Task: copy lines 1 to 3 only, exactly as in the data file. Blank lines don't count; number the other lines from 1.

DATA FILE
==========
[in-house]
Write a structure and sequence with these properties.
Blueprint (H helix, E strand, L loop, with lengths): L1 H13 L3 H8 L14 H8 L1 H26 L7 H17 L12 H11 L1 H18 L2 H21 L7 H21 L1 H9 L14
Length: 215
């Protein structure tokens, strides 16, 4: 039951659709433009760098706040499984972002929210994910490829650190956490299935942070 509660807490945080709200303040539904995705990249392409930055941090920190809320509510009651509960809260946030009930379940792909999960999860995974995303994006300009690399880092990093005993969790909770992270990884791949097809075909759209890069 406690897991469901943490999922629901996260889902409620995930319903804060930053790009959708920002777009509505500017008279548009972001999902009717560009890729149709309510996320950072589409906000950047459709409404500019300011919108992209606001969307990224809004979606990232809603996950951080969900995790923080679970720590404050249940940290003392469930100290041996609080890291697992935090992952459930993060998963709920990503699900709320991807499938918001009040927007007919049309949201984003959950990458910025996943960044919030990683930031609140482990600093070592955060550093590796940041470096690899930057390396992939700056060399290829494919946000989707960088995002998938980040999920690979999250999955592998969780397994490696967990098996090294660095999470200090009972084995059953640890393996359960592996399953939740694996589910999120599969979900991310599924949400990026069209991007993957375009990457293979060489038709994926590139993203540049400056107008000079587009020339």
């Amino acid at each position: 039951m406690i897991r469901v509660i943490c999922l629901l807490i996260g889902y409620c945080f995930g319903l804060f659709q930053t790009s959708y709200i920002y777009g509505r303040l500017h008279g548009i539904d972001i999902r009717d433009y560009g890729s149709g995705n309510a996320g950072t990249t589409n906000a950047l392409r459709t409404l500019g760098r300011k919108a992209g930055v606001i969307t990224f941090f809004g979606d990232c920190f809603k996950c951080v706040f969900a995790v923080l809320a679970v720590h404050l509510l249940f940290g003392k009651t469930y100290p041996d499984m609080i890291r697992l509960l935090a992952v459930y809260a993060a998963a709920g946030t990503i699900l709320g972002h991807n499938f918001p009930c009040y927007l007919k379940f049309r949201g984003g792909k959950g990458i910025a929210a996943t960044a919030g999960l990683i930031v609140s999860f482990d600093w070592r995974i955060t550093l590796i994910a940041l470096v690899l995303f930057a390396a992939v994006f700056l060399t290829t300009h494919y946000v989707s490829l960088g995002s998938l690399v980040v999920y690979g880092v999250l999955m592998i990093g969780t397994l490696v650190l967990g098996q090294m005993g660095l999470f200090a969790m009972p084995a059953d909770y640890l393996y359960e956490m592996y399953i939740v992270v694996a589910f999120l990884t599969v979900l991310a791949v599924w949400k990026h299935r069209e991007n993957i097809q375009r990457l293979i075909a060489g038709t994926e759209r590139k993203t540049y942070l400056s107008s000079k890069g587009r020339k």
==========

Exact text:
[in-house]
Write a structure and sequence with these properties.
Blueprint (H helix, E strand, L loop, with lengths): L1 H13 L3 H8 L14 H8 L1 H26 L7 H17 L12 H11 L1 H18 L2 H21 L7 H21 L1 H9 L14